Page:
Data from sinking cells were collected until Ro reached the practical limits of focal length and optical resolution. Measurements are summarized in Table 1. As expected from the drag-ratio models (3, 4), U increases with R0. Similarly, Re increases with R0 by an order of magnitude in the case of Paramecium.
While U∞est and U∞int are almost identical for the physical model, as expected, there is significant discrepancy between the two measures for all the ciliates. In contrast, the discrepancies between U∞meas and U∞int fall well within the standard deviation of the former for all three ciliates.
These relationships are more striking when sinking velocity ratio is plotted as a function of reduced clearance, as shown in Figs. 3–5. In all three graphs the solid lines represent the mathematical models utilizing the measured values of R. The agreement of the physical model with (4) is quite good. The spheroid mathematical model (3) does, however, tend to overestimate sinking velocity for all three ciliates regardless of the method for calculating U∞. Except in the case of P. multimicronucleatum, this tendency does remain within the standard deviations of U/U∞meas for clearance values beyond 10(R0/R − 1) (namely, 10 cell equivalent radii) and deviates less than 3% from the upper limit of U/U∞int for the same clearance values. In contrast, U/U∞est approaches that for the model only in the case of Tetrahymena, being the lowest curve in all three cases.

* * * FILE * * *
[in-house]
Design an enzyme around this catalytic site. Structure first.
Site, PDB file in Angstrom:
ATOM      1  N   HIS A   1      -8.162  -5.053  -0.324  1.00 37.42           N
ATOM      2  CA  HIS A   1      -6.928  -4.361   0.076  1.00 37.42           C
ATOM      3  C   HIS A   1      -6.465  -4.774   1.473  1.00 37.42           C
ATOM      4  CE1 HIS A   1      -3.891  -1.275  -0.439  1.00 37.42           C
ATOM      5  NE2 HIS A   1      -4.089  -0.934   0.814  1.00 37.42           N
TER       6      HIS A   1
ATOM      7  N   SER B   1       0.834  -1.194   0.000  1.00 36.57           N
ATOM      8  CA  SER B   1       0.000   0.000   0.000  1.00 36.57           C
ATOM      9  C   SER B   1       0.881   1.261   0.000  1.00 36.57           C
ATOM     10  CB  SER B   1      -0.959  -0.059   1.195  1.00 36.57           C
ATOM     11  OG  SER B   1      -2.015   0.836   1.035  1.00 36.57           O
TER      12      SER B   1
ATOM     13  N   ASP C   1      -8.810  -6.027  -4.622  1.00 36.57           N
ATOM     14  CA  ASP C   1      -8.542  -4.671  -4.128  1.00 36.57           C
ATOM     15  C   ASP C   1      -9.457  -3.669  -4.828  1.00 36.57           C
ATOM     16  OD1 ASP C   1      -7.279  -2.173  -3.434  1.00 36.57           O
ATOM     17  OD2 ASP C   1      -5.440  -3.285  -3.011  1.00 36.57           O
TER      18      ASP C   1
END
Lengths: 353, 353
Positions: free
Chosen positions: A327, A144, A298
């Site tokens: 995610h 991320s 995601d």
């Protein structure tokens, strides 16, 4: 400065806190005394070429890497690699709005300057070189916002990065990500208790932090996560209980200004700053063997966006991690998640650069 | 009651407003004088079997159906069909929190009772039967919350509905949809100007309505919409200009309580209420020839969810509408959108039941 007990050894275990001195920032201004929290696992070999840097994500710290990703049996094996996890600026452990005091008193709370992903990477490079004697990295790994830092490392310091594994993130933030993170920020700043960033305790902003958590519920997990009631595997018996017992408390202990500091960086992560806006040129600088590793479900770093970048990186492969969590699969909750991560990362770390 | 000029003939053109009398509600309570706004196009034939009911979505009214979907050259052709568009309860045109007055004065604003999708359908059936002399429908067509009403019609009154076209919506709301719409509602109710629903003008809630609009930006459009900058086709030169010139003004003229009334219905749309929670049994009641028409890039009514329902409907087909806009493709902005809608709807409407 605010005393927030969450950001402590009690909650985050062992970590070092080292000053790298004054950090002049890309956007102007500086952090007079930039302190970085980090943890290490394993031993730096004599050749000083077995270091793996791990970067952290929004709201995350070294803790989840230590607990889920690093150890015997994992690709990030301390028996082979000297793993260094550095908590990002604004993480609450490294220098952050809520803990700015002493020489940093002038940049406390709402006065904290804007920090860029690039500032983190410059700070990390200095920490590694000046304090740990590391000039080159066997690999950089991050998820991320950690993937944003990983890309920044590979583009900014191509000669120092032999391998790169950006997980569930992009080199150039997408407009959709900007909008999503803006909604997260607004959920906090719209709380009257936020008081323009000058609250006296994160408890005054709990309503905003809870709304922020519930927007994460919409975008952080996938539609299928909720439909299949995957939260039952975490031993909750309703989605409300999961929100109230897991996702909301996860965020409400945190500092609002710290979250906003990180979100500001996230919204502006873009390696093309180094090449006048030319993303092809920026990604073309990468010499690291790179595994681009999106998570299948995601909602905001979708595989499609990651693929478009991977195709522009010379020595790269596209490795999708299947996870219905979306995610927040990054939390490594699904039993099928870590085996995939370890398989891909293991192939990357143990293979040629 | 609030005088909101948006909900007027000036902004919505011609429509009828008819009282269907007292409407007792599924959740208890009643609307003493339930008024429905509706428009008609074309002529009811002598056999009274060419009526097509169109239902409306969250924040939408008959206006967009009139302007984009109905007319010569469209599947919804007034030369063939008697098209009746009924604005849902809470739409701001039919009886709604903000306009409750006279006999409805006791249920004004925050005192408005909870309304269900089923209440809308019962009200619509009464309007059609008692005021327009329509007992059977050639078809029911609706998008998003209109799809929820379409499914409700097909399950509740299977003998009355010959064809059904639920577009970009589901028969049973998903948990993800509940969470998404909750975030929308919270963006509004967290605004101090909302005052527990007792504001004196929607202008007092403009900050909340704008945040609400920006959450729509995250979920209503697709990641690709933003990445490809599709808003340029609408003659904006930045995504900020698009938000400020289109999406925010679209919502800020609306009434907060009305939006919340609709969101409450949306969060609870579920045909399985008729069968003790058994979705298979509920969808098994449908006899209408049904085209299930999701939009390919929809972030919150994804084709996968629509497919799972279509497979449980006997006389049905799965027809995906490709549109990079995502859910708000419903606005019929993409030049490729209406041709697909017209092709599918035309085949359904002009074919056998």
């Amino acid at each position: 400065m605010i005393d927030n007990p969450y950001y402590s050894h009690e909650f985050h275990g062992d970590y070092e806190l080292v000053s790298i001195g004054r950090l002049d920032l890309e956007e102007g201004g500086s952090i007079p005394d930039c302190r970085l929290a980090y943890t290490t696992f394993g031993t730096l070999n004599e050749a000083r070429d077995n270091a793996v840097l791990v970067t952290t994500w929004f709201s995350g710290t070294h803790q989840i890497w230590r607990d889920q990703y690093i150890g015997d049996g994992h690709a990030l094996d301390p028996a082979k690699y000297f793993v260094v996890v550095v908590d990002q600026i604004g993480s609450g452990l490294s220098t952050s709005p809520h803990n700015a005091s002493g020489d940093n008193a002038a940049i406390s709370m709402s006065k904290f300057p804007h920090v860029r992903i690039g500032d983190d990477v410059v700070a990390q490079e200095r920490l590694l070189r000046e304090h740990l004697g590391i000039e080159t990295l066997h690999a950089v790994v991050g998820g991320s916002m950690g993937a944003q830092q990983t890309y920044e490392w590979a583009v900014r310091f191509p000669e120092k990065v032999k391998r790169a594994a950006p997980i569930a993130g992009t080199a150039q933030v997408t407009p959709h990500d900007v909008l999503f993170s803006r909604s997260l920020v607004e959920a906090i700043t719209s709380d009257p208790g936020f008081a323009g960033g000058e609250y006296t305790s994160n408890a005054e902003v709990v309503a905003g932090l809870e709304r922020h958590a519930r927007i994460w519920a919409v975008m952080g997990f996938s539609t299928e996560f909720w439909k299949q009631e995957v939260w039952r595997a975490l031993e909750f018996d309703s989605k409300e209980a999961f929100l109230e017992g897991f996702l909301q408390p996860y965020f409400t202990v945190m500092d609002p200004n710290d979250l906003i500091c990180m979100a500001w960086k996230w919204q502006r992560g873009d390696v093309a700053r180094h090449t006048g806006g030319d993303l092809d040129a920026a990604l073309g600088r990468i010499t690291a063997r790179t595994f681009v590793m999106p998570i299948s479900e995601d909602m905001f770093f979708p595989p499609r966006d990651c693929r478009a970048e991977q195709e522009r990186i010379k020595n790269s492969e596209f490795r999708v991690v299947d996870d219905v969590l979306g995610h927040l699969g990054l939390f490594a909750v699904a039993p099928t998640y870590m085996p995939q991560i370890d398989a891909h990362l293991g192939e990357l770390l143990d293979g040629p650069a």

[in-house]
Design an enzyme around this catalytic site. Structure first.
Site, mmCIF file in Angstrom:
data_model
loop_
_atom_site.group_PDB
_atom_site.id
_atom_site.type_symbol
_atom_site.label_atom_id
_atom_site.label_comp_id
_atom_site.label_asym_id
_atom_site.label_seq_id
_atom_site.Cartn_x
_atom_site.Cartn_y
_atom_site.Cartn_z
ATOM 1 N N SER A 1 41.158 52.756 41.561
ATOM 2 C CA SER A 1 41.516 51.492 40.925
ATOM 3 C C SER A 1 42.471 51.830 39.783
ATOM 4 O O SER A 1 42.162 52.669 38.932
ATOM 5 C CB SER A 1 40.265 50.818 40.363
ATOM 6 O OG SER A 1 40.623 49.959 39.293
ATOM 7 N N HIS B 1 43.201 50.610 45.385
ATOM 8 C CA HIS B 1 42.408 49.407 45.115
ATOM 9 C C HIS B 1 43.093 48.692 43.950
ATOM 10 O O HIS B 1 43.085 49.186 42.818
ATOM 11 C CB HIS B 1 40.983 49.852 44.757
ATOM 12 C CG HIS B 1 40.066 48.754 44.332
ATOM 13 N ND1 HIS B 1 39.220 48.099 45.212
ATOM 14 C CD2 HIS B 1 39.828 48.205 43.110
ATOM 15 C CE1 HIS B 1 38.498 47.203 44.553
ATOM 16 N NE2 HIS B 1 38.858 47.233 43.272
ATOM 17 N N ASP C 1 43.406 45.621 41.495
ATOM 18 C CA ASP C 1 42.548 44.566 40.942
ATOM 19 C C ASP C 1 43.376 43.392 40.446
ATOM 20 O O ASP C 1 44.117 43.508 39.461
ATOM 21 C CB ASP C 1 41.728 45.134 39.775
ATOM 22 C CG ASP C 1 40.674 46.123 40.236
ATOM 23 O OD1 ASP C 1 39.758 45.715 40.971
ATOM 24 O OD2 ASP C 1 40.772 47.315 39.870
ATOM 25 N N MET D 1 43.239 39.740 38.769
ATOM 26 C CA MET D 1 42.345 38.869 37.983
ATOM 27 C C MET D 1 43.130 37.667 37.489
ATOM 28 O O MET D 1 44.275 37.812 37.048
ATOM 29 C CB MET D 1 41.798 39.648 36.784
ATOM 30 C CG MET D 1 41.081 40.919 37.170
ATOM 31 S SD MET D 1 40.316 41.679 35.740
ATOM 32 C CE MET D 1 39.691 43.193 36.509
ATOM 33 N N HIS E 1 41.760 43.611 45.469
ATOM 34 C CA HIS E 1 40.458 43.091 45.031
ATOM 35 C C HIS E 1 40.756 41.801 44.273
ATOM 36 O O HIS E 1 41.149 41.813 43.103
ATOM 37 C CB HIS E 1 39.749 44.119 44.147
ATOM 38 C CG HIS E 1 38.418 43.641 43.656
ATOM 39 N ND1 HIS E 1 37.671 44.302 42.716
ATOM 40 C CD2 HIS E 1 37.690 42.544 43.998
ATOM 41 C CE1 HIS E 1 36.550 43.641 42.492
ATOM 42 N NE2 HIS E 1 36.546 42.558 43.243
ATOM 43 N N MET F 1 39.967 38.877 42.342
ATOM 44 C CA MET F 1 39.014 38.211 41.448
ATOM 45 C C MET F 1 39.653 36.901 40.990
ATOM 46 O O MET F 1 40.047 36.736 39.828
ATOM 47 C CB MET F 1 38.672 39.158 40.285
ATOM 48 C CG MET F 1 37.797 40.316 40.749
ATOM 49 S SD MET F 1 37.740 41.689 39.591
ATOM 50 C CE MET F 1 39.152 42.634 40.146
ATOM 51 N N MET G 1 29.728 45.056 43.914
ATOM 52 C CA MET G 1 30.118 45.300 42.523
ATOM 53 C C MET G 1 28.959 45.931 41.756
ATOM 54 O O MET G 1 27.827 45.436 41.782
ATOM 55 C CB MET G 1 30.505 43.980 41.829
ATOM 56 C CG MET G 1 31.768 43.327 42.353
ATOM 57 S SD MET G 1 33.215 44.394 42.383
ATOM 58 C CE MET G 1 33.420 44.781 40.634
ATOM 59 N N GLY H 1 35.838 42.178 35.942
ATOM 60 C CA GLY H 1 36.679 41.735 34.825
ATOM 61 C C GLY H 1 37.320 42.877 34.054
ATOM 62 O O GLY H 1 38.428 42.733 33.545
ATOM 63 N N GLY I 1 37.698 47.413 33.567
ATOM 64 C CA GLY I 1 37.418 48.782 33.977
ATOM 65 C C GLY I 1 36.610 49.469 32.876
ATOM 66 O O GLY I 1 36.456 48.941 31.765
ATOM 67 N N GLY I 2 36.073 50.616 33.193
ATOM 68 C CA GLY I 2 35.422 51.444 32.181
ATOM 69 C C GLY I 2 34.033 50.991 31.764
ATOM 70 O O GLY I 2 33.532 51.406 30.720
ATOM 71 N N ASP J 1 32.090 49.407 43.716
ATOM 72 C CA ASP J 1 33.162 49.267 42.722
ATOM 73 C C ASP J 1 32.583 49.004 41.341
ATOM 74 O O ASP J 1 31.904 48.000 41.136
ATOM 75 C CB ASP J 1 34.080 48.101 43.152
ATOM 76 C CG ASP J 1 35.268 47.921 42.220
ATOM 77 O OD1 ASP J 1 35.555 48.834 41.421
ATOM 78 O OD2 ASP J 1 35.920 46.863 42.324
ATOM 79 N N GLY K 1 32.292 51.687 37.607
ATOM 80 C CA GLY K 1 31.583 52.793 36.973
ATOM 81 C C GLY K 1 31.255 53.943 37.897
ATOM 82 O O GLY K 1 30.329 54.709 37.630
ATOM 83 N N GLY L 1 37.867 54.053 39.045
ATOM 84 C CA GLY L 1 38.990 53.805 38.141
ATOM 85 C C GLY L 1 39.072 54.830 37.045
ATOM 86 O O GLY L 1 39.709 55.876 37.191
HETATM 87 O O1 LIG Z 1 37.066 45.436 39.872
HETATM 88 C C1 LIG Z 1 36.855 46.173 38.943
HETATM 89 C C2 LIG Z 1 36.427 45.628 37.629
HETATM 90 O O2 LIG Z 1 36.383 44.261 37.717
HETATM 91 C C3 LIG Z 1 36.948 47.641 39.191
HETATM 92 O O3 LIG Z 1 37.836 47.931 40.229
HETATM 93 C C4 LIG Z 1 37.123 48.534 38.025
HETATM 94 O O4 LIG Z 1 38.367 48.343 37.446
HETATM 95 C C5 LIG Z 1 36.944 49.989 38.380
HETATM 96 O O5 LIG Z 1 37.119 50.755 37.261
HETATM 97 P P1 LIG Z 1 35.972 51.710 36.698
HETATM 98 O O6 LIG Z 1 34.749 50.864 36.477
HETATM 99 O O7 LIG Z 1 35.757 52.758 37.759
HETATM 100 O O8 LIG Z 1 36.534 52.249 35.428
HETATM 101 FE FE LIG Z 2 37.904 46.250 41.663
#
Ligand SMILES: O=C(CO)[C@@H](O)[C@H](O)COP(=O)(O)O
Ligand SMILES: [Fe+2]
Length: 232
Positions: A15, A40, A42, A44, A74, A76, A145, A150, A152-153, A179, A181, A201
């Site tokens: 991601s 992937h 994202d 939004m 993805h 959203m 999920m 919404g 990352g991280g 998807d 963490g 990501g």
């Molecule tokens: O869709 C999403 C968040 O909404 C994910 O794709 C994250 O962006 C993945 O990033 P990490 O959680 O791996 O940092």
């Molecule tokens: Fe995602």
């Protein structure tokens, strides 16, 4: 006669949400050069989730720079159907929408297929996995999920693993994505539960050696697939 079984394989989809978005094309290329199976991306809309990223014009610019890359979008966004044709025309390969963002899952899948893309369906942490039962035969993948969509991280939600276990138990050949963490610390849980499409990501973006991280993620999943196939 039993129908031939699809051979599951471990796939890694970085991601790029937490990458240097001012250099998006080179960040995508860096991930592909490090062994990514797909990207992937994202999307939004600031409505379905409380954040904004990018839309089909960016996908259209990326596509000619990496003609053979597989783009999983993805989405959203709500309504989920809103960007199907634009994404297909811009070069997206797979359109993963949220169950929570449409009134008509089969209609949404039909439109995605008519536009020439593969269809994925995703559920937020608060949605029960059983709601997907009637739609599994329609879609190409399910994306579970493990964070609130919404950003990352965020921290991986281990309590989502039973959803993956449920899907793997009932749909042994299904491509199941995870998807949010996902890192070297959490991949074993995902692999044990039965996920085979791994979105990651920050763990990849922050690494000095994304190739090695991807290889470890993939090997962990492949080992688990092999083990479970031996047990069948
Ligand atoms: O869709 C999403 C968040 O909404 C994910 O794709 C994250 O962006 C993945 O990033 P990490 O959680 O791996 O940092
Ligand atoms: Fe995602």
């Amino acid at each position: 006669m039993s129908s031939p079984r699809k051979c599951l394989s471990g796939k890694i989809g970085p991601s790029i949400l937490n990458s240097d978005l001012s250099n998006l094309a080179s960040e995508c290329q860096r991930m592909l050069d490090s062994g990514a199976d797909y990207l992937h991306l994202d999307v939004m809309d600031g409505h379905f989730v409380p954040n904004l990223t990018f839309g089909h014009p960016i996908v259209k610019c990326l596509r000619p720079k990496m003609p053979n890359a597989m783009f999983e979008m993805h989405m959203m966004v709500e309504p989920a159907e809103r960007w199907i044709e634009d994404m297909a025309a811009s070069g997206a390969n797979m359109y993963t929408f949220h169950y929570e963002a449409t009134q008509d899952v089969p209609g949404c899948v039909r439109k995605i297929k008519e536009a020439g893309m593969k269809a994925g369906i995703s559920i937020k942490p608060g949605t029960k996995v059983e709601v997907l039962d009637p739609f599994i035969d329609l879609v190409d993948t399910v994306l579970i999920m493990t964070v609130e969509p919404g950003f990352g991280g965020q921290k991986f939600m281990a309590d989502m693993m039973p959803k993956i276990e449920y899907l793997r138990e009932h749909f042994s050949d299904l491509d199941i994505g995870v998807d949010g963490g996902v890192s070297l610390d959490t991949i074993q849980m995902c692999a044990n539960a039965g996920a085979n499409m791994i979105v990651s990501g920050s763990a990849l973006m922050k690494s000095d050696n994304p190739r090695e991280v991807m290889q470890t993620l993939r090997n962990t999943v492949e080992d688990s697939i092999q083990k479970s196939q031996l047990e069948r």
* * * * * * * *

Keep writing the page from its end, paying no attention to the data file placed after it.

The plot of (3) is virtually identical in Figs. 3–5. Accordingly, one set of velocity-ratio values and corresponding clearances obtained using the model may be used with all three ciliates. Such a set is presented in Table 2.